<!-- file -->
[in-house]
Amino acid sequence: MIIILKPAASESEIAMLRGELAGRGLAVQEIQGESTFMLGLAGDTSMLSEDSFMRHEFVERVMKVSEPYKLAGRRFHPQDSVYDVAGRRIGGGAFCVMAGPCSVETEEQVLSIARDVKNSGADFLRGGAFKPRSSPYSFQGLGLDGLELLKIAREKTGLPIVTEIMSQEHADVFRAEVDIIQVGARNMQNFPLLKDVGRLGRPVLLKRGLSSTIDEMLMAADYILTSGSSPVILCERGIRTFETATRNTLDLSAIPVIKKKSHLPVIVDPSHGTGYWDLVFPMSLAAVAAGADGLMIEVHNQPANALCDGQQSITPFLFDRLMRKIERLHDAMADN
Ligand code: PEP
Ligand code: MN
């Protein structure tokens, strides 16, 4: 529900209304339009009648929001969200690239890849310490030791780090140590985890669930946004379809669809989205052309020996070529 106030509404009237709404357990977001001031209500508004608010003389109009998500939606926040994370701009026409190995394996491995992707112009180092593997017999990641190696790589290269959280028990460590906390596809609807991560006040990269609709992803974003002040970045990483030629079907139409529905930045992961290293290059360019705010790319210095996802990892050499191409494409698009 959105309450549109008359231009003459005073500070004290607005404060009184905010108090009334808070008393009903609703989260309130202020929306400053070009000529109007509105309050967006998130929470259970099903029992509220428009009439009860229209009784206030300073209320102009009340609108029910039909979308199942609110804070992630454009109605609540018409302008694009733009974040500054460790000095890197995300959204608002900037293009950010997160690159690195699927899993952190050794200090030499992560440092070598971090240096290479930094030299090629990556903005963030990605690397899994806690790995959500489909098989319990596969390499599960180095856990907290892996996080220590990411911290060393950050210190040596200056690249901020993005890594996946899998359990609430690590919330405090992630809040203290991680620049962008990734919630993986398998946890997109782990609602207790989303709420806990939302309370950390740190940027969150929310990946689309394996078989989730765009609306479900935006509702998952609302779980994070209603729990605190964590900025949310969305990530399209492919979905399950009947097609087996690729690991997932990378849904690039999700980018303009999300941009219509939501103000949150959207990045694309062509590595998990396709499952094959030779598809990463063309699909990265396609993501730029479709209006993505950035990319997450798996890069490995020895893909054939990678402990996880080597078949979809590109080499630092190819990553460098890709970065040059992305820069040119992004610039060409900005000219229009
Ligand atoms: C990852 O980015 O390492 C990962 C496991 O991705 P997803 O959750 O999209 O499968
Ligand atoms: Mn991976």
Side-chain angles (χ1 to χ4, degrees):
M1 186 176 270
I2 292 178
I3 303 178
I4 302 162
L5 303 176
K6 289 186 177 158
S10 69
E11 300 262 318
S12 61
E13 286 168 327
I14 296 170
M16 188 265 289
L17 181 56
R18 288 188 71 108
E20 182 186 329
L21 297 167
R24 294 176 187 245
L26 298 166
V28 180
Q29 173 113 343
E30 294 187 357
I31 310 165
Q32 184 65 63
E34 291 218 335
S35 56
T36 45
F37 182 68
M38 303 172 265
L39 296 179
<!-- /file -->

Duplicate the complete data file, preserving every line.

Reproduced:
[in-house]
Amino acid sequence: MIIILKPAASESEIAMLRGELAGRGLAVQEIQGESTFMLGLAGDTSMLSEDSFMRHEFVERVMKVSEPYKLAGRRFHPQDSVYDVAGRRIGGGAFCVMAGPCSVETEEQVLSIARDVKNSGADFLRGGAFKPRSSPYSFQGLGLDGLELLKIAREKTGLPIVTEIMSQEHADVFRAEVDIIQVGARNMQNFPLLKDVGRLGRPVLLKRGLSSTIDEMLMAADYILTSGSSPVILCERGIRTFETATRNTLDLSAIPVIKKKSHLPVIVDPSHGTGYWDLVFPMSLAAVAAGADGLMIEVHNQPANALCDGQQSITPFLFDRLMRKIERLHDAMADN
Ligand code: PEP
Ligand code: MN
């Protein structure tokens, strides 16, 4: 529900209304339009009648929001969200690239890849310490030791780090140590985890669930946004379809669809989205052309020996070529 106030509404009237709404357990977001001031209500508004608010003389109009998500939606926040994370701009026409190995394996491995992707112009180092593997017999990641190696790589290269959280028990460590906390596809609807991560006040990269609709992803974003002040970045990483030629079907139409529905930045992961290293290059360019705010790319210095996802990892050499191409494409698009 959105309450549109008359231009003459005073500070004290607005404060009184905010108090009334808070008393009903609703989260309130202020929306400053070009000529109007509105309050967006998130929470259970099903029992509220428009009439009860229209009784206030300073209320102009009340609108029910039909979308199942609110804070992630454009109605609540018409302008694009733009974040500054460790000095890197995300959204608002900037293009950010997160690159690195699927899993952190050794200090030499992560440092070598971090240096290479930094030299090629990556903005963030990605690397899994806690790995959500489909098989319990596969390499599960180095856990907290892996996080220590990411911290060393950050210190040596200056690249901020993005890594996946899998359990609430690590919330405090992630809040203290991680620049962008990734919630993986398998946890997109782990609602207790989303709420806990939302309370950390740190940027969150929310990946689309394996078989989730765009609306479900935006509702998952609302779980994070209603729990605190964590900025949310969305990530399209492919979905399950009947097609087996690729690991997932990378849904690039999700980018303009999300941009219509939501103000949150959207990045694309062509590595998990396709499952094959030779598809990463063309699909990265396609993501730029479709209006993505950035990319997450798996890069490995020895893909054939990678402990996880080597078949979809590109080499630092190819990553460098890709970065040059992305820069040119992004610039060409900005000219229009
Ligand atoms: C990852 O980015 O390492 C990962 C496991 O991705 P997803 O959750 O999209 O499968
Ligand atoms: Mn991976």
Side-chain angles (χ1 to χ4, degrees):
M1 186 176 270
I2 292 178
I3 303 178
I4 302 162
L5 303 176
K6 289 186 177 158
S10 69
E11 300 262 318
S12 61
E13 286 168 327
I14 296 170
M16 188 265 289
L17 181 56
R18 288 188 71 108
E20 182 186 329
L21 297 167
R24 294 176 187 245
L26 298 166
V28 180
Q29 173 113 343
E30 294 187 357
I31 310 165
Q32 184 65 63
E34 291 218 335
S35 56
T36 45
F37 182 68
M38 303 172 265
L39 296 179